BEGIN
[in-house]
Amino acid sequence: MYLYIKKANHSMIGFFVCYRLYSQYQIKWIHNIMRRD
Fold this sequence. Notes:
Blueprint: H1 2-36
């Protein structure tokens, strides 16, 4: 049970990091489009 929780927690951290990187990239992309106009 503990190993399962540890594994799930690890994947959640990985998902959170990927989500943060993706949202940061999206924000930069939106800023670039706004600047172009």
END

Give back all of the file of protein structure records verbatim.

[in-house]
Amino acid sequence: MYLYIKKANHSMIGFFVCYRLYSQYQIKWIHNIMRRD
Fold this sequence. Notes:
Blueprint: H1 2-36
């Protein structure tokens, strides 16, 4: 049970990091489009 929780927690951290990187990239992309106009 503990190993399962540890594994799930690890994947959640990985998902959170990927989500943060993706949202940061999206924000930069939106800023670039706004600047172009």